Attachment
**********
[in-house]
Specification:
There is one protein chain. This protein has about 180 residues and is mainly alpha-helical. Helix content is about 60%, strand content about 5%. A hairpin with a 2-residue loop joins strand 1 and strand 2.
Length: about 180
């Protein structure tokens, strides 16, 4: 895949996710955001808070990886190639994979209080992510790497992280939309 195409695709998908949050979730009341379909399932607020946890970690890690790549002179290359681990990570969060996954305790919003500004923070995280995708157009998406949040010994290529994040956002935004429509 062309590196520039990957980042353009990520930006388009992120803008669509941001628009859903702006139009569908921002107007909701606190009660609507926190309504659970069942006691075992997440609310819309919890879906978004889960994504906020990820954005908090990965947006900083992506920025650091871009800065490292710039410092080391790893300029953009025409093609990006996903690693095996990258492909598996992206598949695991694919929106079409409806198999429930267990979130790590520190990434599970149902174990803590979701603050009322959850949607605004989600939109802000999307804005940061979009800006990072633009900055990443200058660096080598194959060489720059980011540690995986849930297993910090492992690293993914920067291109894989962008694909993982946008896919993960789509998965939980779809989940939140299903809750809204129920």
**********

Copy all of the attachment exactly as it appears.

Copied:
[in-house]
Specification:
There is one protein chain. This protein has about 180 residues and is mainly alpha-helical. Helix content is about 60%, strand content about 5%. A hairpin with a 2-residue loop joins strand 1 and strand 2.
Length: about 180
């Protein structure tokens, strides 16, 4: 895949996710955001808070990886190639994979209080992510790497992280939309 195409695709998908949050979730009341379909399932607020946890970690890690790549002179290359681990990570969060996954305790919003500004923070995280995708157009998406949040010994290529994040956002935004429509 062309590196520039990957980042353009990520930006388009992120803008669509941001628009859903702006139009569908921002107007909701606190009660609507926190309504659970069942006691075992997440609310819309919890879906978004889960994504906020990820954005908090990965947006900083992506920025650091871009800065490292710039410092080391790893300029953009025409093609990006996903690693095996990258492909598996992206598949695991694919929106079409409806198999429930267990979130790590520190990434599970149902174990803590979701603050009322959850949607605004989600939109802000999307804005940061979009800006990072633009900055990443200058660096080598194959060489720059980011540690995986849930297993910090492992690293993914920067291109894989962008694909993982946008896919993960789509998965939980779809989940939140299903809750809204129920």